Children get first phone at 7, says survey
Kids today typically get their first phone at the tender age of 7, according to a new survey.
Kids today typically get their first phone at the age of 7, according to new figures.
Mobile Phone Checker's survey asked around 1,000 parents about the mobile habits of their children, discovering that most parents issue mobile phones to their offspring for safety reasons.
Telecoms watchdog Ofcom recently found in a wider survey that anklebiters tend to get their first phone at around 10 years of age. Upon starting secondary school, they're likely to switch to a smart phone, possibly because of social pressure from classmates.
According to this latest survey, a decade ago younglings were likely to have got a phone at the age of 13 -- but in 2003 that would have been an old-school brick of a mobile "for emergencies", long before phones became more about apps, games, surfing and sending pictures of your unmentionables to random strangers.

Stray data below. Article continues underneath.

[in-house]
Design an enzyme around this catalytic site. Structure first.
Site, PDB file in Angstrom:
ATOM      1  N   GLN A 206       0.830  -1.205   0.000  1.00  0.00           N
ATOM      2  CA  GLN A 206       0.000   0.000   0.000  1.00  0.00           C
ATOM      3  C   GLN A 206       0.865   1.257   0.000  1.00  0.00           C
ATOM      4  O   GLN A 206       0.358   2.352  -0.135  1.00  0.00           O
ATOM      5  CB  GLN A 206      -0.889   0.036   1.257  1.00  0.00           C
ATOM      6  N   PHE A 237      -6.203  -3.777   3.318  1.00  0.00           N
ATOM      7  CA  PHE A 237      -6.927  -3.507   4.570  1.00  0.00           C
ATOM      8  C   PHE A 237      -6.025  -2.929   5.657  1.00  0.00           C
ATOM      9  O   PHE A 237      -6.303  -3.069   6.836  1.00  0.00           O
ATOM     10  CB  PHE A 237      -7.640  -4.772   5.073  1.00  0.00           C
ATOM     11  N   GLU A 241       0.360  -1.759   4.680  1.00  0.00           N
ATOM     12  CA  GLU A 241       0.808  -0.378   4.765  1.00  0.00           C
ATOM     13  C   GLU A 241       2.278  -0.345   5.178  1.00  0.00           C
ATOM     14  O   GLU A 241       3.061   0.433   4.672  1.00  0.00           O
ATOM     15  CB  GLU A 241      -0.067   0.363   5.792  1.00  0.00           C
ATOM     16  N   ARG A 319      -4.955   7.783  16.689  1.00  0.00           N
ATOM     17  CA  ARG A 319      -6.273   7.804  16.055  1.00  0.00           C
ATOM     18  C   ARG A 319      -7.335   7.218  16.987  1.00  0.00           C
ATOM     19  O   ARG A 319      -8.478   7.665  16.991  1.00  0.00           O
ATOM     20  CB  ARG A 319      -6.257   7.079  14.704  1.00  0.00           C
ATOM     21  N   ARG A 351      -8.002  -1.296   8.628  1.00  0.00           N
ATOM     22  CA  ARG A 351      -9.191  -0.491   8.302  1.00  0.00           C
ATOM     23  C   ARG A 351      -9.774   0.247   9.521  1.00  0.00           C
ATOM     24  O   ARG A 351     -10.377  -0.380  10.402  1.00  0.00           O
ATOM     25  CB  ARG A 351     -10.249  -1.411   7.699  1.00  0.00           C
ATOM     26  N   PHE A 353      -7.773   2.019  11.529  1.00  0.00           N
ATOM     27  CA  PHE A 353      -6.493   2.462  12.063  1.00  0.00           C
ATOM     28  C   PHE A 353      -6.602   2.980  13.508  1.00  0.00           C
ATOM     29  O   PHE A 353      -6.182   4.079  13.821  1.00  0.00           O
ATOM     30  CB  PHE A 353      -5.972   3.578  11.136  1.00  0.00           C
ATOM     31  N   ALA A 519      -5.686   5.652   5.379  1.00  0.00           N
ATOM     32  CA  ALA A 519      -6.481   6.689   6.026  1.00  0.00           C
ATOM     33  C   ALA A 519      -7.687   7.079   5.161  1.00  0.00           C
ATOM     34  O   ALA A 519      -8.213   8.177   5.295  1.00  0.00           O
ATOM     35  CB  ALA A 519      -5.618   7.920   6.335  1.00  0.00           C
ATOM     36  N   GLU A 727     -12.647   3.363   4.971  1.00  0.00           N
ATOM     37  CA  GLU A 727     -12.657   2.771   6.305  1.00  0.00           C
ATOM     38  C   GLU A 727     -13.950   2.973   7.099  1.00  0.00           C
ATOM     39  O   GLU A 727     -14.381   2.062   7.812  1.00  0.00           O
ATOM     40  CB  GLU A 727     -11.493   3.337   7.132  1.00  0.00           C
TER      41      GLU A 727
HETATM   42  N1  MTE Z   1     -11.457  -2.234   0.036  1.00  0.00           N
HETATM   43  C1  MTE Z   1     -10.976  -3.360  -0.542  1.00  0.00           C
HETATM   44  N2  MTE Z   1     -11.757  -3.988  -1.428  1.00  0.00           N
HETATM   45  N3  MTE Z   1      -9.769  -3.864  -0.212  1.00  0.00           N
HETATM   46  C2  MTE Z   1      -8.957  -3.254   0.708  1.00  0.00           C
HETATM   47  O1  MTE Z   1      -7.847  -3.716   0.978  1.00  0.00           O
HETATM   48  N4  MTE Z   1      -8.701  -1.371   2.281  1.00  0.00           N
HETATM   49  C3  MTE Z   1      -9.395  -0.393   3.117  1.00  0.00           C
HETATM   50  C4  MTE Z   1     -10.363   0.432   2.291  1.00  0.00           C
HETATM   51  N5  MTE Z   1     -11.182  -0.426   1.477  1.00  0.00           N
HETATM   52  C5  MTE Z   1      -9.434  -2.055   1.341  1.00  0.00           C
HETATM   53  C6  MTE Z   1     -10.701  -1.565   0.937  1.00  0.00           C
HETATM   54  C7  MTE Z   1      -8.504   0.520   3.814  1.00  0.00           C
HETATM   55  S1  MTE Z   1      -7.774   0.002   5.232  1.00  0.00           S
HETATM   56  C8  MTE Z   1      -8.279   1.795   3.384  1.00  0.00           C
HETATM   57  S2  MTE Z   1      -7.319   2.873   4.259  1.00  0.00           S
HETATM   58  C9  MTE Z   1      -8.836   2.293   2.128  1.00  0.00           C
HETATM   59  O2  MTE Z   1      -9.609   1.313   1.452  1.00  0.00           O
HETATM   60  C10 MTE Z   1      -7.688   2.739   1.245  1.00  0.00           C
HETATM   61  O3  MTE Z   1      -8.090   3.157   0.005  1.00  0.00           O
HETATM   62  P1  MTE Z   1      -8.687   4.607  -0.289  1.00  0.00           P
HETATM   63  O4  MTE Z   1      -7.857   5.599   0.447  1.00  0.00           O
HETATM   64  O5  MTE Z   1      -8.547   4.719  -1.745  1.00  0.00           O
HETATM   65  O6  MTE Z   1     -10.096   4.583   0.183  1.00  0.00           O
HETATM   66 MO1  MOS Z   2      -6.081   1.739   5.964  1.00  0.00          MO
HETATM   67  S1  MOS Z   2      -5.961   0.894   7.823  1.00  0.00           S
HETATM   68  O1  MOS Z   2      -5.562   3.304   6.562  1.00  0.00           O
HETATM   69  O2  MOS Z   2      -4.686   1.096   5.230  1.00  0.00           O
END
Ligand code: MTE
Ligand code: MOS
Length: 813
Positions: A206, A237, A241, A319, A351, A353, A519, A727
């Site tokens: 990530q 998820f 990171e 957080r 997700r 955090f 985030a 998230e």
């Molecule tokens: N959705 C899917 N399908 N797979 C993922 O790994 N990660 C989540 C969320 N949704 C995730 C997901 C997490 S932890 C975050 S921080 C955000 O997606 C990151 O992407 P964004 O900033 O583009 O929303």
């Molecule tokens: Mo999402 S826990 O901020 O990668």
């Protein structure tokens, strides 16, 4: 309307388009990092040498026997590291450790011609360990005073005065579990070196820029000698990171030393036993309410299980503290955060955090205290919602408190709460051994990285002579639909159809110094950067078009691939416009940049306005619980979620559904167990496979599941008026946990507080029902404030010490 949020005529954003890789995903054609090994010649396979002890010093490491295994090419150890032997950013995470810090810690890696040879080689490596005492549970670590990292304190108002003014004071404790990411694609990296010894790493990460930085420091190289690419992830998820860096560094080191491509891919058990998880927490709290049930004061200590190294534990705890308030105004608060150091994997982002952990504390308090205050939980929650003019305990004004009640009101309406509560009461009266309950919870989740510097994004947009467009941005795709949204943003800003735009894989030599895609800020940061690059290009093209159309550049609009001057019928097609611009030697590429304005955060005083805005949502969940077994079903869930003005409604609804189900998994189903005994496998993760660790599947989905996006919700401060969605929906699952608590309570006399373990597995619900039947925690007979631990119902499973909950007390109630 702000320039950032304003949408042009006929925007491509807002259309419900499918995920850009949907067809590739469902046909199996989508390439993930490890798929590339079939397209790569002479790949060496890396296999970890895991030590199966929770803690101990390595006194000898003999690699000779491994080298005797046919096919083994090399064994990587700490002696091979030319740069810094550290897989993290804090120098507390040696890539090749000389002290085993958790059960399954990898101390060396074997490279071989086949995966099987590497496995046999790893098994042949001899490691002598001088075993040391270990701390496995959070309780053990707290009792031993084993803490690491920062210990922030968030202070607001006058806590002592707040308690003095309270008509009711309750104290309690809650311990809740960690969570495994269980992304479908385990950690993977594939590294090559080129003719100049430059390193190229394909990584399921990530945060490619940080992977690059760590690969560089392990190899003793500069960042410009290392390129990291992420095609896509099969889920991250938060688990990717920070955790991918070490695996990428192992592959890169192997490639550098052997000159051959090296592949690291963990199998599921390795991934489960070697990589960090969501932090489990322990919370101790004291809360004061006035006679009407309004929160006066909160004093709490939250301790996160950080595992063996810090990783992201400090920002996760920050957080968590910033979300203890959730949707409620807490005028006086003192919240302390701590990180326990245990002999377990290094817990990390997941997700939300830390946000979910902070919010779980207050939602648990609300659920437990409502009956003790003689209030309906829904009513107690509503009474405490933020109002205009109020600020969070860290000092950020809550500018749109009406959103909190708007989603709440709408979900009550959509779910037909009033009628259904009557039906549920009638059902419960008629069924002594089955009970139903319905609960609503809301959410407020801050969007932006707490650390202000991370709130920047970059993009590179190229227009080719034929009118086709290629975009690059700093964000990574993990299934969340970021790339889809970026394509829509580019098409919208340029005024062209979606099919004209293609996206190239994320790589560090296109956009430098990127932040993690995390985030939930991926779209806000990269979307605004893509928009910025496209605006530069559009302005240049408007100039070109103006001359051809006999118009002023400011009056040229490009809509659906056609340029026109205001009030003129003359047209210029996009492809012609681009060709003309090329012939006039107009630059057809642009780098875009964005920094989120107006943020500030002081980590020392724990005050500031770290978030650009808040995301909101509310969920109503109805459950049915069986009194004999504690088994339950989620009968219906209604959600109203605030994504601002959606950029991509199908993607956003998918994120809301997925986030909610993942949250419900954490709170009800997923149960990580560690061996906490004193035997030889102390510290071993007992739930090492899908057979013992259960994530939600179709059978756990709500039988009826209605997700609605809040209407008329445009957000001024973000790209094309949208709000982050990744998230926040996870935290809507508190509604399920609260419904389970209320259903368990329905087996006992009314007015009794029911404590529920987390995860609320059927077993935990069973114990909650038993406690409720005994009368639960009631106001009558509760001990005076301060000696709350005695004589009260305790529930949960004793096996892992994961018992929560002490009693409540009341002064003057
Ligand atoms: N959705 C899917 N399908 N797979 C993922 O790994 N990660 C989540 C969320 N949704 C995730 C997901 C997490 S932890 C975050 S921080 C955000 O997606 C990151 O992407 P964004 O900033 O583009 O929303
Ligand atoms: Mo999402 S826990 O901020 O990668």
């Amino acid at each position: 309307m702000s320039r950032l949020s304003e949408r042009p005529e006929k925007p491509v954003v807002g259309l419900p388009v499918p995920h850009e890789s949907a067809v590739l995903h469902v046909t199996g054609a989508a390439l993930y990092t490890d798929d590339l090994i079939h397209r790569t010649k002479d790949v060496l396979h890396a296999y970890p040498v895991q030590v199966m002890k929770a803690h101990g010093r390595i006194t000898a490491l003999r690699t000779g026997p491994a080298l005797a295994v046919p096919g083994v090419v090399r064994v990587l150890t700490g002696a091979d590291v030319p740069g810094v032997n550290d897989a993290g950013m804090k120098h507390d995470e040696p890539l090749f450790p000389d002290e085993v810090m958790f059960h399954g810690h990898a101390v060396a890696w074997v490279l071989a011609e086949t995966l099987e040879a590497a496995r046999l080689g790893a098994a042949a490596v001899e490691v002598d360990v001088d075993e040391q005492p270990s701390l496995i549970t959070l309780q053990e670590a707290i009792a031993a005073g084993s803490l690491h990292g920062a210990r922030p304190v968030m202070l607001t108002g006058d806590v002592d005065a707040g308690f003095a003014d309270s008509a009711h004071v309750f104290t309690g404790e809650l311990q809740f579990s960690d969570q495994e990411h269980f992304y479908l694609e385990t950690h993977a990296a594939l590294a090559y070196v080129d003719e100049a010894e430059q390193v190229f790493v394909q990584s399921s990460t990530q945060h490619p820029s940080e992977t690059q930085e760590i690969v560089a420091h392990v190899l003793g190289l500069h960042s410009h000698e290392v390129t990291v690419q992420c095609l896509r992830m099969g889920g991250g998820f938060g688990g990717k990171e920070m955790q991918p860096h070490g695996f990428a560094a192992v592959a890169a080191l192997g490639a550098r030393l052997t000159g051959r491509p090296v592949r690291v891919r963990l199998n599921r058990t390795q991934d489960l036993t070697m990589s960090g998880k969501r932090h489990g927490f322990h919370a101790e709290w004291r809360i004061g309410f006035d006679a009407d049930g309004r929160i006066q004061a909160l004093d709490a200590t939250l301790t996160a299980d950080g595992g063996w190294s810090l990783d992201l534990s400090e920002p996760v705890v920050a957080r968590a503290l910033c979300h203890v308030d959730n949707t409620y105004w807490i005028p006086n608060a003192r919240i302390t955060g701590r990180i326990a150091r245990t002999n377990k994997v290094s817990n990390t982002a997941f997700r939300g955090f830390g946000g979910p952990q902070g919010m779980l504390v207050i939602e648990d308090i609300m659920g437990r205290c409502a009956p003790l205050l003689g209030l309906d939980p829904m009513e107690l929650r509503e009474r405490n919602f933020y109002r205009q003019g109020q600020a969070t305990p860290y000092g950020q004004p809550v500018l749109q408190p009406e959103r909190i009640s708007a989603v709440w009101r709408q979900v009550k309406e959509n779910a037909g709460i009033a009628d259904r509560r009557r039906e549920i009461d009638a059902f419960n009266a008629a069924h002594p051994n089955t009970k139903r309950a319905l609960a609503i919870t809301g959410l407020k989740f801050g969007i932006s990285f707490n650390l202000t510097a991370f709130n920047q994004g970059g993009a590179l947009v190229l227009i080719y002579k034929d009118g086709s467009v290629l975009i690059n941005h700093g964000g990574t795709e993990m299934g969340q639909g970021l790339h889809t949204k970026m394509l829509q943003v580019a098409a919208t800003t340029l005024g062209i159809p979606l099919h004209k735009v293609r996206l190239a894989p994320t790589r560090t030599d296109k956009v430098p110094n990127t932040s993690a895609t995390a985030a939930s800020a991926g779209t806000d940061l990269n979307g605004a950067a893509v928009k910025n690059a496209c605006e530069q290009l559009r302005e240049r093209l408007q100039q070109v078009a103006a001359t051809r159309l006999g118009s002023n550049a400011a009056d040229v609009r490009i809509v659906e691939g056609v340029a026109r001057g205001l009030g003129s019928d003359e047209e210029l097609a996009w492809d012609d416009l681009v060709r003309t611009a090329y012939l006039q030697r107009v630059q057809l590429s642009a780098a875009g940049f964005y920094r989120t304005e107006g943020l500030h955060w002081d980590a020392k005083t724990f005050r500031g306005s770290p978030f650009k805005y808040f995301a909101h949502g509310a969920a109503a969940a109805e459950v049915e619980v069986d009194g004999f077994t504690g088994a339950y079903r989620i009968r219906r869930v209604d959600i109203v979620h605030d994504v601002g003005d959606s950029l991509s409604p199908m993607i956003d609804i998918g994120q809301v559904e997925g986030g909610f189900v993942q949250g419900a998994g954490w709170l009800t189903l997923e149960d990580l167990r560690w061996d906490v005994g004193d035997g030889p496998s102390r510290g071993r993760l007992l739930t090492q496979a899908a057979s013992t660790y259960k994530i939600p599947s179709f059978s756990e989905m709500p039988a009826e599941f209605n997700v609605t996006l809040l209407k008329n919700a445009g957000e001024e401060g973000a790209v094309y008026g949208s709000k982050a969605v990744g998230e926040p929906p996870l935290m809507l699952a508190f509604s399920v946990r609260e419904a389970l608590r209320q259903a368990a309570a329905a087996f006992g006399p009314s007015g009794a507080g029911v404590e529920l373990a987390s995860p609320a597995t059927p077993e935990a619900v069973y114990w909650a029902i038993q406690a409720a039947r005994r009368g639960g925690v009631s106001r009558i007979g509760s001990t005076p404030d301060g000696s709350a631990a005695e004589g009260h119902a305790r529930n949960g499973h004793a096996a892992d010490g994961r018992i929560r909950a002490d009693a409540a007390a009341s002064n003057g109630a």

It's that access to the Web that can cause concern, as sprogs can wander the wider Web unsupervised -- and are open to a wide range of communication that can bring.
Measures such as filters on Internet content can be put in place by your network, or you can sign up to a service aimed specifically at little'uns like, which lets you access your child's messages, block numbers and set limits on online time.
The new survey also records that more than half those responding paid for monthly contracts rather than pay as you go.
How old do you think children should be before they get their first phone? How do you set rules and keep your nippers safe? Tell me your thoughts in the comments or on our Facebook page.